When I was 24, I woke up for the first time.
It was at a Lady Gaga concert, during the song “Born This Way.”
I had been a high functioning chameleon for most of my life. I smiled when I was supposed to, got straight A’s in high school, and went to Princeton. I starred in theater and dance productions, sang in an a cappella group, and ran for office in all of my groups. When I graduated, I wondered: should I apply to Stanford Law School? Or, no, maybe Stanford Graduate School for Engineering…
Underneath it all, there was something I never admitted to anyone. I felt I was living a lie.
Lady Gaga's song is an anthem for authenticity, but I felt like a fraud, an imposter, a dazzling house of cards. When she sang, the weight of my inauthenticity crashed into me, and I wept.
I had lived my life in a trance, obsessed with a notion of success that was not my own. I had never asked myself, “What do you really want, Josh?” I had no idea. Apparently I wanted to go to Stanford. Why? For the same reason I did everything else: it would mean I was worth something.
At the time, I was teaching physics and writing to high schoolers. But that night, I told myself that for the first time, I would do what my heart really wanted: quit and become a professional piano player.
There was one problem. I didn’t know how to play piano.
But I was on fire with motivation. I learned some songs from YouTube, auditioned at a dueling piano bar called Howl at the Moon, and got hired as a trainee. Two and a half years later, I opened Howl’s St. Louis location as its Entertainment Director. Later, I opened their Times Square location as a starting performer.
In St. Louis, I learned about the Enneagram. It absolutely floored me. I learned that I'm a type 3, and 3s' whole "thing" is that we lose ourselves by chasing an externally sourced definition of "success," unless we wake up and get back in touch with our heart.
Reading about the type 3 was horrifying, yet captivating. It described in plain terms the inner struggle that characterized my whole life. I felt "seen" from the inside out. It was profound to realize that there were 8 other types that felt as "seen" as me, but in very different ways.
The Enneagram revealed that my private struggle — of wanting so badly to be liked, to be successful, that I would sacrifice my heart on the altar of status, prestige, and "success" — was not just my own. All of my fellow 3s share it. The Enneagram also helped me to see my own worth and to stop compulsively chasing validation. In so doing, it awakened my chief gift — seeing others' worth and potential, and helping them to see it too.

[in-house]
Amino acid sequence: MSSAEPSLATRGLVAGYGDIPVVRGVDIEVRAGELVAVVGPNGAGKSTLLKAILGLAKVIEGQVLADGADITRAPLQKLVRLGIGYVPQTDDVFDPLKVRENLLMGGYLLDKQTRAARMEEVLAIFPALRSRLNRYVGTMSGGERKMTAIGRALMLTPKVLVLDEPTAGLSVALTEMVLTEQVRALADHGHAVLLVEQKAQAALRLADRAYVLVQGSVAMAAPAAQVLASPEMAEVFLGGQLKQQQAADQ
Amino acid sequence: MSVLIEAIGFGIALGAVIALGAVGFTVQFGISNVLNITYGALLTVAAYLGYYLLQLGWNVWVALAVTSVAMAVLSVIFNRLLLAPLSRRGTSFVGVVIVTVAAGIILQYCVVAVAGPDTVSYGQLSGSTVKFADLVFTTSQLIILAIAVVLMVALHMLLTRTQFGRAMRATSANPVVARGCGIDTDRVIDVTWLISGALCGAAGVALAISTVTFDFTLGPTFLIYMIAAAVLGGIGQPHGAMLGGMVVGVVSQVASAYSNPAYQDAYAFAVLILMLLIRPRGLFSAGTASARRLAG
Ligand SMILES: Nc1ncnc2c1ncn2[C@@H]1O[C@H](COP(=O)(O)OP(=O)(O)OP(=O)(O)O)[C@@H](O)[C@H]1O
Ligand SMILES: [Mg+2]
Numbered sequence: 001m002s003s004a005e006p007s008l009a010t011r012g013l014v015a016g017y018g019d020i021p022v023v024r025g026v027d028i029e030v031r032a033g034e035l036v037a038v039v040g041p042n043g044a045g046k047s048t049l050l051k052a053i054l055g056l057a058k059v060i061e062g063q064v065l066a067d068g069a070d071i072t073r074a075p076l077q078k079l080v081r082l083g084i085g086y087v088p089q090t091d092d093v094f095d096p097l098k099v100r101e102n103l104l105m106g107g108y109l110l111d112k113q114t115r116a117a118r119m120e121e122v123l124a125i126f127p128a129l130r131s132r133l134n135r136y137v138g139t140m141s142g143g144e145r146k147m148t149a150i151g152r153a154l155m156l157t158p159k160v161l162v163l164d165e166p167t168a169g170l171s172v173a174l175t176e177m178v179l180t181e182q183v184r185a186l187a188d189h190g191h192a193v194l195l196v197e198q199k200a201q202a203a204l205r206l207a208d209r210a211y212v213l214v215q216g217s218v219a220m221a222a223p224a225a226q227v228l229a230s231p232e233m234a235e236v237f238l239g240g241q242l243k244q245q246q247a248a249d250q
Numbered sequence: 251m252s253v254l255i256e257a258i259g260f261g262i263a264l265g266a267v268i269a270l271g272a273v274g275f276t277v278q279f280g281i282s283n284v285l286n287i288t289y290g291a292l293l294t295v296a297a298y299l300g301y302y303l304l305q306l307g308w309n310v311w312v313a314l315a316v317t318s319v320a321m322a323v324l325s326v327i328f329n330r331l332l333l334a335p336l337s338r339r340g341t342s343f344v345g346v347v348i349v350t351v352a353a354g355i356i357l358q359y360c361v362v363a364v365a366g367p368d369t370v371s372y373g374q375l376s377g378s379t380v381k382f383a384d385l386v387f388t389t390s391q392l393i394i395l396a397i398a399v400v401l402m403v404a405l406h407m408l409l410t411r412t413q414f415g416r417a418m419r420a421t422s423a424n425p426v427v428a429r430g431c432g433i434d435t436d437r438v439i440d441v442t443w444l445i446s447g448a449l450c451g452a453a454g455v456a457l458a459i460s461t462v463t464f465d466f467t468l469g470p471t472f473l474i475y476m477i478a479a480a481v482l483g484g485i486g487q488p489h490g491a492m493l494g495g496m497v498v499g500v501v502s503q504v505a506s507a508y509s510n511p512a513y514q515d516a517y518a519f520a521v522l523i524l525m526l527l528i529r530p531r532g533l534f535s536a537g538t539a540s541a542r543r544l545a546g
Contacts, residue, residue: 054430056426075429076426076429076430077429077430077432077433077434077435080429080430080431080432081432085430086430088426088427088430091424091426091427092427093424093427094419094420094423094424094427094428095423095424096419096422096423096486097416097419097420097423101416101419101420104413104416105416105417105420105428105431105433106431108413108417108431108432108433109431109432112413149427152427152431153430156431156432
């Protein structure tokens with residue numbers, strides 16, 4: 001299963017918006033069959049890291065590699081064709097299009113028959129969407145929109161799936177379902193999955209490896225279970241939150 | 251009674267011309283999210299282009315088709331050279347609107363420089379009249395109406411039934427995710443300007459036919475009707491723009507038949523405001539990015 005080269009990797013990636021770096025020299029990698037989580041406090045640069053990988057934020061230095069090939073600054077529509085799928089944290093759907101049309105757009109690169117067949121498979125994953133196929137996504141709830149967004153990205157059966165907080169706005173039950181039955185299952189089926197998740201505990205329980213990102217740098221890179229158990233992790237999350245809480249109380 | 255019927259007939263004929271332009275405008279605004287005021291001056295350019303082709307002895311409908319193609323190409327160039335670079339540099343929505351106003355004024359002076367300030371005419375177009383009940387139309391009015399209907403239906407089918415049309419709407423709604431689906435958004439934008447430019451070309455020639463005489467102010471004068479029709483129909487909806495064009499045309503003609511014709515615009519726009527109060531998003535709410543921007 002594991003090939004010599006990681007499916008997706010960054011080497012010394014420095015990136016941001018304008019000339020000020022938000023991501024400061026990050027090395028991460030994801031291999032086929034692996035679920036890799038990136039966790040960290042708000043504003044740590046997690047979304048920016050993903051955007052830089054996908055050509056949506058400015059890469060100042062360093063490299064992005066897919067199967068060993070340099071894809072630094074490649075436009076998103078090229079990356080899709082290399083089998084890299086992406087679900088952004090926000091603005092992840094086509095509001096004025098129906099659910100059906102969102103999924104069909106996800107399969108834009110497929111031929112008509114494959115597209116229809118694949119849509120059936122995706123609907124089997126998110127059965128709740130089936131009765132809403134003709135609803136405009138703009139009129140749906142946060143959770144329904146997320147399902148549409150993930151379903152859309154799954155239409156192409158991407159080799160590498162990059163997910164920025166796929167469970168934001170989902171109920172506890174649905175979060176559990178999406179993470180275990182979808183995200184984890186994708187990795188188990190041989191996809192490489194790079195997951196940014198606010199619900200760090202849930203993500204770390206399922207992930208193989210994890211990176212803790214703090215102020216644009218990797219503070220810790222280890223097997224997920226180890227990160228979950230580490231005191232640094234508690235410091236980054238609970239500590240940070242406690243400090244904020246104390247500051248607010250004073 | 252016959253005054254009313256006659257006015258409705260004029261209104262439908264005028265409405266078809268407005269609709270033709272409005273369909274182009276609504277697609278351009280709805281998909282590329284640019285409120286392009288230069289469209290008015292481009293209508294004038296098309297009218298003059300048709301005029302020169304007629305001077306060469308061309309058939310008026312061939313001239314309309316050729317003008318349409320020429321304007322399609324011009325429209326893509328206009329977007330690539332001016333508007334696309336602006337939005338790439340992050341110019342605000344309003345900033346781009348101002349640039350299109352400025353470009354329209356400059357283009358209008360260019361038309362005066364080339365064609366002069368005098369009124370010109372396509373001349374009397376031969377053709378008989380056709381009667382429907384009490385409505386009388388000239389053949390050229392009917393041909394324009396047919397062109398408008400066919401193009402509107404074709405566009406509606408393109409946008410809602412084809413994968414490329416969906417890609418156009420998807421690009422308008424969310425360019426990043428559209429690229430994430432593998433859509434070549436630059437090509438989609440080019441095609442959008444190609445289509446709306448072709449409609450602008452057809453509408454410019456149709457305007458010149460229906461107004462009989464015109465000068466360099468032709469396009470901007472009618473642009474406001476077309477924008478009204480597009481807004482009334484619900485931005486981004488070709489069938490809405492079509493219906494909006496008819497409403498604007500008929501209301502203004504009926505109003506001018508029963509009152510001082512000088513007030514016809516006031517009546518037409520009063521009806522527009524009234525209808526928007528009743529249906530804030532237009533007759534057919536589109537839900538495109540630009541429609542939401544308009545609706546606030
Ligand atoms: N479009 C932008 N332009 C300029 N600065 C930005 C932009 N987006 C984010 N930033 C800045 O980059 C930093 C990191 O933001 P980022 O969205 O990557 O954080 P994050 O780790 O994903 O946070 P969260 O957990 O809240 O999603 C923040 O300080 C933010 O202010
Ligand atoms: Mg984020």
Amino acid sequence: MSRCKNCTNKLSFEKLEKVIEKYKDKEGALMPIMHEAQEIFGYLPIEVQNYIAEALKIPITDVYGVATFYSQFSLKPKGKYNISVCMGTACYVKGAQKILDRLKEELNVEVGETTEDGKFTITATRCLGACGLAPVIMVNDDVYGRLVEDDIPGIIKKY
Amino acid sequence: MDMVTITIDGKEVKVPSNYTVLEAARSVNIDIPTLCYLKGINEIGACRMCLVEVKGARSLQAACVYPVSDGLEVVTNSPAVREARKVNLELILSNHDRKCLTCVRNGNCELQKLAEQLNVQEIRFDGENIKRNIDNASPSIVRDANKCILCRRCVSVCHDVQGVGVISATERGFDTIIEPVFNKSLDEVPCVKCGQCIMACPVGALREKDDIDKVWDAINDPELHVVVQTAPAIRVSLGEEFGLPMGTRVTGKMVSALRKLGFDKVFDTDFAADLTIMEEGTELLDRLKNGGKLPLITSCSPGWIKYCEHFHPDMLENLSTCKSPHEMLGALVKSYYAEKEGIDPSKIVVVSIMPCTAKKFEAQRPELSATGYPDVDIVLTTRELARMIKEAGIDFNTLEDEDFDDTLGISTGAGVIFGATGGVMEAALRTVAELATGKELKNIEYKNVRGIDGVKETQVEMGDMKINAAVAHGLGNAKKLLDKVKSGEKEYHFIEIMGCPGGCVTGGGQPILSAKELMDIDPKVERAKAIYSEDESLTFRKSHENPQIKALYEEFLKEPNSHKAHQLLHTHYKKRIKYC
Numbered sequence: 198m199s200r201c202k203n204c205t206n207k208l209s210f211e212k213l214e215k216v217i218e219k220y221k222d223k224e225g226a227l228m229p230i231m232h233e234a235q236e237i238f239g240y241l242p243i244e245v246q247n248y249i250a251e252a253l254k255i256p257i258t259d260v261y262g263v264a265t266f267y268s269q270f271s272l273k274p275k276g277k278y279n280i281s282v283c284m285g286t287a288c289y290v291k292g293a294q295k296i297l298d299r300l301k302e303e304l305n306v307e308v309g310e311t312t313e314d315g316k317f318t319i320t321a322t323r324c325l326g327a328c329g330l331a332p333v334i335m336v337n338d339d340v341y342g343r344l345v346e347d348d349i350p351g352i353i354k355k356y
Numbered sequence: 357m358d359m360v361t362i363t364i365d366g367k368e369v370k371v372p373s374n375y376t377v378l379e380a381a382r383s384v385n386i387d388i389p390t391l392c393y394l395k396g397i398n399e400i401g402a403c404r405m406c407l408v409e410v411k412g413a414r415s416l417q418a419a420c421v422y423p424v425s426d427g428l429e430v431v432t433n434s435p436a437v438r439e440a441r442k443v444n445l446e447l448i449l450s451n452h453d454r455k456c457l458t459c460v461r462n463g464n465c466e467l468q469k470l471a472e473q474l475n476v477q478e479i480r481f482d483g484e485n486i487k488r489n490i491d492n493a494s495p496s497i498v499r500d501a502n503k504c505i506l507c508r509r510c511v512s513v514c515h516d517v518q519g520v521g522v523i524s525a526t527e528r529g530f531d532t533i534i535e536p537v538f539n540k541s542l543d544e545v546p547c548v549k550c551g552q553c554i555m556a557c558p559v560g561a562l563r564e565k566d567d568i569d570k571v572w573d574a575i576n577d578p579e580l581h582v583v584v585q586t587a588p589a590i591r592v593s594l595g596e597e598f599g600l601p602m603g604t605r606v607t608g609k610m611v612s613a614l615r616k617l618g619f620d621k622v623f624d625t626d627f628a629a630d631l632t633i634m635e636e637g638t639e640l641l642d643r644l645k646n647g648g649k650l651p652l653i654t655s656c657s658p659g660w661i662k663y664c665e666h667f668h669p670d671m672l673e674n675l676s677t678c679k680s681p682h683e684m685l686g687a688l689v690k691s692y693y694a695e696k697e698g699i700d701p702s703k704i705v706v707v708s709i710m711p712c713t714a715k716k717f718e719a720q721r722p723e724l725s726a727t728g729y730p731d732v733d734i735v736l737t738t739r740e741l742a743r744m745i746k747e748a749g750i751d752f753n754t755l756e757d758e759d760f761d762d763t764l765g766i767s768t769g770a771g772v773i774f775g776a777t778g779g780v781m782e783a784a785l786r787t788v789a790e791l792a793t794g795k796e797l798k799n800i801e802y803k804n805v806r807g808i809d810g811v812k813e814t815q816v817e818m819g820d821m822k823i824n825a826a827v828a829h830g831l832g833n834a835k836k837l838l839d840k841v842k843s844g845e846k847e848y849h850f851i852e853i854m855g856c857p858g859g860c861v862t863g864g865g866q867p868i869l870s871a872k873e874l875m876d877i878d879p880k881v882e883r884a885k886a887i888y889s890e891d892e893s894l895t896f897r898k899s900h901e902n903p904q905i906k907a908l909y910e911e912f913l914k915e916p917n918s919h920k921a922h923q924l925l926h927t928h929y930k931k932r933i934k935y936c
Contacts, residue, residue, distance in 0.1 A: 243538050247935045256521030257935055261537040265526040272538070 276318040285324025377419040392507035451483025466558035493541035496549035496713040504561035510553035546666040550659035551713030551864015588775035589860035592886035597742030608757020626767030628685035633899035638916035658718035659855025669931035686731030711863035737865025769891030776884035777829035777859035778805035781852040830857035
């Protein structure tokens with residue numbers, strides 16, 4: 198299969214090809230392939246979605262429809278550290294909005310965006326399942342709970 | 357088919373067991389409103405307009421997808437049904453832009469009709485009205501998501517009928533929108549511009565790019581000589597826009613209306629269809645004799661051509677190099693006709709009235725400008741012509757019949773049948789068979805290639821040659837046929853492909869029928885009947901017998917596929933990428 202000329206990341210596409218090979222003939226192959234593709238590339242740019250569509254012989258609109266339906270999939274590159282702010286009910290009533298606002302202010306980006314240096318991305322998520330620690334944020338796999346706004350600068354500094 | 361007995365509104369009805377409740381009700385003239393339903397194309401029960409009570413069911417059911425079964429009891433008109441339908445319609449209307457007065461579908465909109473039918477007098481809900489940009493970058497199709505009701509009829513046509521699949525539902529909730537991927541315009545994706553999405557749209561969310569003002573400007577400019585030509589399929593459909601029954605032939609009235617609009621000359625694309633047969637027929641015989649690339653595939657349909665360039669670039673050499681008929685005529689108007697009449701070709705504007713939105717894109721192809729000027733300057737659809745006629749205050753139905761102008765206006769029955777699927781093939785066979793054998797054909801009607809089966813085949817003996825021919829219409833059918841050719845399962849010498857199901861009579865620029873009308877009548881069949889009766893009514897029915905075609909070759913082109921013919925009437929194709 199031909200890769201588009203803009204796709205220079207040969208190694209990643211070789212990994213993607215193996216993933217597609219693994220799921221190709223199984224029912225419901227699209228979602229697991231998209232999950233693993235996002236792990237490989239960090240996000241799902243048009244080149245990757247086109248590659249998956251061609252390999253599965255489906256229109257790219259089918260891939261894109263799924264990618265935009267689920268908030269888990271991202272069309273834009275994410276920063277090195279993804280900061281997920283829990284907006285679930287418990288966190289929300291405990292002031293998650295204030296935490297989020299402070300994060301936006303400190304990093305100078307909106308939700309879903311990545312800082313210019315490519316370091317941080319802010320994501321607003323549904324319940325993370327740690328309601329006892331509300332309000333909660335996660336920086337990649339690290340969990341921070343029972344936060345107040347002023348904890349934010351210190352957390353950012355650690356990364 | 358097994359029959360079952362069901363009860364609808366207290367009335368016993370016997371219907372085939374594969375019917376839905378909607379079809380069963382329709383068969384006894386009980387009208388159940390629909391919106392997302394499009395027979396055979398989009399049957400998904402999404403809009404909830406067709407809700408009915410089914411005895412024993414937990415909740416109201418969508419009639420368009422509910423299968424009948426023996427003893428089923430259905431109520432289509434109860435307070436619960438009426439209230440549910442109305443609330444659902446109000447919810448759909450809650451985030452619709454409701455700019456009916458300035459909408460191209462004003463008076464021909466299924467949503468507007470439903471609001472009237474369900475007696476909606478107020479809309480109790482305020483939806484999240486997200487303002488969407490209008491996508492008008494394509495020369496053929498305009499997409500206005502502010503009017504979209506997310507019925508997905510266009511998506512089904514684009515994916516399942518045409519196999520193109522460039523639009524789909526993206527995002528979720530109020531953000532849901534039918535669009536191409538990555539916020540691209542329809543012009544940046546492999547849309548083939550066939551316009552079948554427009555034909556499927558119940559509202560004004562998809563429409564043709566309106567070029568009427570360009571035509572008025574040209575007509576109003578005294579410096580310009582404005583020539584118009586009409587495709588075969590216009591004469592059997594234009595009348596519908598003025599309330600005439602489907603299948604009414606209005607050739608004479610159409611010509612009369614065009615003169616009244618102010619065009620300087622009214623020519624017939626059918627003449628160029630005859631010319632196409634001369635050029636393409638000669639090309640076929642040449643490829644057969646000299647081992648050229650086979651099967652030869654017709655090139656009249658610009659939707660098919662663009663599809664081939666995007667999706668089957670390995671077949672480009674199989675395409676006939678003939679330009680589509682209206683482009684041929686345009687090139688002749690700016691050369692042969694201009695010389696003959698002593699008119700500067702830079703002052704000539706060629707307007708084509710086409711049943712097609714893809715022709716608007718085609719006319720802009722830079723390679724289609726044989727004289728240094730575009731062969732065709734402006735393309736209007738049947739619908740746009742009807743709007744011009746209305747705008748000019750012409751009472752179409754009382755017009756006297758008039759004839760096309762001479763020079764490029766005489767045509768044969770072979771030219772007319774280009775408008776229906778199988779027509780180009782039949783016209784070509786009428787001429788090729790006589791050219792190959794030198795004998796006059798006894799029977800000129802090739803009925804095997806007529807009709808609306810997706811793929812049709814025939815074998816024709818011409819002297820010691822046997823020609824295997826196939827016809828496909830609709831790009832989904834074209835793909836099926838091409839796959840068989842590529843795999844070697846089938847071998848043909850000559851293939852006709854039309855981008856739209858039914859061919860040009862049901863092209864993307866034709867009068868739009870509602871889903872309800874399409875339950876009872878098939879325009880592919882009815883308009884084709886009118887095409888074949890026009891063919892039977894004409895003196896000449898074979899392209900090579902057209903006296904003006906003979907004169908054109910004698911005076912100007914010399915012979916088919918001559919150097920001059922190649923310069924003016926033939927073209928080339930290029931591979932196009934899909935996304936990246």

The Enneagram helped me grok that what motivates other people is NOT the same as what motivates me. I had many aha moments about my parents, siblings, co-workers, and friends. It was like having a pair of empathy glasses that brought others’ “strange” behavior into focus.
Before the Enneagram, I used to get incredibly frustrated with people because I couldn't conceive of why they acted the way they did. This made me a bad leader – I led from exacerbation and not from curiosity. I ran rehearsals like a boot camp, trying to “get everyone in line.” But with the Enneagram as a lens, I finally understood what motivated people, and my leadership style changed dramatically. I softened toward my colleagues, and to my surprise and delight, we became a much more high performing team.
With this new orientation, I entered the business world. As the L&D Manager at FoodKick — a grocery delivery startup run by FreshDirect – I was responsible for training and culture. (A lesson I learned was the farce of having a single leader be “responsible” for culture.) I wondered whether my heart-forward approach would be welcome in a traditional corporate context. My guiding questions were: “How can a culture that appreciates people for who they are drive business results? What does it look like operationally?” I rewrote PTO policies, redesigned wage structures, and led leadership development workshops. I learned the power of this approach to achieve business results, but I also learned the challenges of implementing it without full organizational alignment. (See: Reinventing Organizations by Frederick LaLoux.)
After FoodKick, I moved fully into teaching the Enneagram and coaching leaders (mostly founders and VCs) to be the best version of themselves they can be. I love what I do.
In all of my work, I care about ushering in a revolution in our collective way of being — one that embraces a developmental lens, honors inner work as much as outer achievements, and champions love, planetary harmony, and the deepening of our consciousness. I draw inspiration from thinkers like Parker Palmer, Ken Wilber, Peter Senge, Frederic Laloux, Patrick Lencioni, Wendy Palmer, Byron Katie, George Gurdjieff, Krista Tippet, Mary Oliver, and Adyashanti.